stuff, etc... put the wires in now and later if you want something you will have the wires installed and just the modules are needed.. the guy down the block just built a new two story house and had a company come out and install his wiring for him before they put up the sheetrock... dont know what it cost, but he is in business now for the future....
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Alarm companies will pre-wire almost for free, like $150 or $200. They expect to make it up when they gouge you on the system. That's the industry model. Call several. -B

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It is VERY wise to prewire for an alarm system. However, due to the huge number of variations between systems, you really should window-shop the residential alarm business and target the installation for one or two of the available systems to be precisely chosen at a later date. Research should initially include, IMO, things such as: -- Local codes, if any, regarding residential alarms. -- Telco requirements/rules regarding residential alarms. -- Install method: Open loop wiring closed loop wiring, digital, RF (radio transmitters and receivers), eg the types of systems available. -- Personally, I prefer,and use, and RF system; no wiring except ac to the main equipment box (with internal battery backup operation). -- Type/level of protection needed -- Fire? -- Burglary? -- Remote Appliance Controls? -- Listen-in features? -- Flooding? -- Freeezing? -- Motion? -- Alarm Monitoring Company to respond to alarms? -- and so on thru glass breakage detectors, and many more. -- How many zones are required? I have 6 available, each capable of 8 alarms. Not all used.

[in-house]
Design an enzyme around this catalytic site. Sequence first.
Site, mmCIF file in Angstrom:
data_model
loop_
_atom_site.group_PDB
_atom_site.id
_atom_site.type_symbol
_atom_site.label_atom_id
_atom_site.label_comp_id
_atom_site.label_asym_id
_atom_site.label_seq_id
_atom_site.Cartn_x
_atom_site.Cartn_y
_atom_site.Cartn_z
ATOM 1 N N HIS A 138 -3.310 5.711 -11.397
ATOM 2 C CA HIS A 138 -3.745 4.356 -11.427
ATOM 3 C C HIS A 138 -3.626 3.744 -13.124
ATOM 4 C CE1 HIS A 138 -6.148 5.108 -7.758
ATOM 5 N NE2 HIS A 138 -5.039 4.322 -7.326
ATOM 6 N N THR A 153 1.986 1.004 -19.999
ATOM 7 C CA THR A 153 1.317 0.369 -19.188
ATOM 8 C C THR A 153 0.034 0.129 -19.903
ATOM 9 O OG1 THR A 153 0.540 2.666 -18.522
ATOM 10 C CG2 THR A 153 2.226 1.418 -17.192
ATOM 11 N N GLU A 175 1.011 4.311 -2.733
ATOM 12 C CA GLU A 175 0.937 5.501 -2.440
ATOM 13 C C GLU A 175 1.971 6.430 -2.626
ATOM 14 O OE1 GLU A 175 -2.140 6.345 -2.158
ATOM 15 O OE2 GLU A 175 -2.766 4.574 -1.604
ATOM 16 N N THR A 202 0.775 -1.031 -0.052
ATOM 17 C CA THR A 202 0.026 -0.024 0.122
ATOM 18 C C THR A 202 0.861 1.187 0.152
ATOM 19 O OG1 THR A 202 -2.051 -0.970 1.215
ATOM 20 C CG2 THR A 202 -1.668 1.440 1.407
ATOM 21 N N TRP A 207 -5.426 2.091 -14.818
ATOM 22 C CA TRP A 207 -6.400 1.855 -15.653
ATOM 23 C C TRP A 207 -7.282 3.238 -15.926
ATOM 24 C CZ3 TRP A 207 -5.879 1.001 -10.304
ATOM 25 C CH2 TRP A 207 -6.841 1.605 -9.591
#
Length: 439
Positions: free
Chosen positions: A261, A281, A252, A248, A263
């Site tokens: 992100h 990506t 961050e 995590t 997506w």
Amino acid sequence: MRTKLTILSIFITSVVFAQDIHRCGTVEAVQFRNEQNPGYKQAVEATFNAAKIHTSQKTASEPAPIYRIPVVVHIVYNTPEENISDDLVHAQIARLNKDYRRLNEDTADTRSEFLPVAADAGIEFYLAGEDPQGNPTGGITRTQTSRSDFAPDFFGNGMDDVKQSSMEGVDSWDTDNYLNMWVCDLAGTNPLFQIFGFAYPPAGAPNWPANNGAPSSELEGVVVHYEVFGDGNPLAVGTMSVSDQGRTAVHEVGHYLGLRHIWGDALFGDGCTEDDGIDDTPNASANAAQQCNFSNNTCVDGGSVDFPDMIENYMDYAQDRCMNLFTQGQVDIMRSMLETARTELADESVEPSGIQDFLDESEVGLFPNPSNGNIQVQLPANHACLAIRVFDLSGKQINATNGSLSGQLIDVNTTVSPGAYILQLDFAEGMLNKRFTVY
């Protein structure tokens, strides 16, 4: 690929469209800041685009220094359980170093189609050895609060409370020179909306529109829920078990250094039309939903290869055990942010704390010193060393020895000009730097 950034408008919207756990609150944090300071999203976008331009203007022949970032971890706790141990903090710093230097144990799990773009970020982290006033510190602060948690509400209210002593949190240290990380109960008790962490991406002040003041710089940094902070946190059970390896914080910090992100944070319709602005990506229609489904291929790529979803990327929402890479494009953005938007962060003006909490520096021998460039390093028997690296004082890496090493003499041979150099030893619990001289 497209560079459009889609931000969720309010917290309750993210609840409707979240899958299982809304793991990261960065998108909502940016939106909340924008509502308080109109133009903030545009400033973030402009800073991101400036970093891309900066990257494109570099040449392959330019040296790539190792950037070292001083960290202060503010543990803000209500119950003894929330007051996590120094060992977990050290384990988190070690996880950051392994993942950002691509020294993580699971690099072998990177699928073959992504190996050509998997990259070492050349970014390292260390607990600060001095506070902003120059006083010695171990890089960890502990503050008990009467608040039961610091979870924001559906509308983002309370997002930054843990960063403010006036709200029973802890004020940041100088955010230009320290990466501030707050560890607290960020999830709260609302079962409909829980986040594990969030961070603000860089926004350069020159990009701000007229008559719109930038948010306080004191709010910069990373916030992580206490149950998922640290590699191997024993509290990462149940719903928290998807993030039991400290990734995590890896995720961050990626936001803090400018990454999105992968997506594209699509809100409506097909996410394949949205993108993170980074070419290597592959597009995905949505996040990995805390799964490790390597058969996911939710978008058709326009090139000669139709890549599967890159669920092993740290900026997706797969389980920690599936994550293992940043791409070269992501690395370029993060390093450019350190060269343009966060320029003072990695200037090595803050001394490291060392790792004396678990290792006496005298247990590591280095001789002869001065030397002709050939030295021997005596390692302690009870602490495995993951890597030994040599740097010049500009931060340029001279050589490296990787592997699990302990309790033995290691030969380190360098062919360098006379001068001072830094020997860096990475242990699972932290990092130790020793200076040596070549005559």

So, basically, you need to post more information if you would like good answers, IMO. If you're ignorant of many of these items, as most people are, then some online research can help considerably.
On the other hand, if you are going to have this installed for you, then I would get a couple of quotes from a couple of installers of alarm systems. Probably more accurate.
Radio Shack is a good place to start research, believe it or not. Try a Google search for "residential alarm systems" (including the quotes) and you'll get a plethora of links where you can learn a LOT, and get edumacated about alarm systems.
If you wish to come back here, I'll be happy to answer questions where I can, or at least maybe give you a source where you can find answers.
Here are a couple of clarifications/corrections to some incorrect information I saw posted to you:
CAT 5 (Category 5) wire: -- Is NOT stranded wire; it's solid, 24 gauge wire, 4 pairs, 8 conductors total, in a sheath a little larger than the standard telephone wiring. -- CAT 5 wire is NOT large: it fits easily thru a 1/4" drilled hole. -- There was a lot of talk about "4 wire" and while much of the phone wiring is actually 4 wire, and only 2 of those are used, keep in mind that they are in a 6 pin plug, not a 4 pin. It's called RJ-11. -- There was talk about difficulty closing a window becvause of wire size or somethbing like that: that would not be a good insallation and isn't normal. Ignore it, IMO.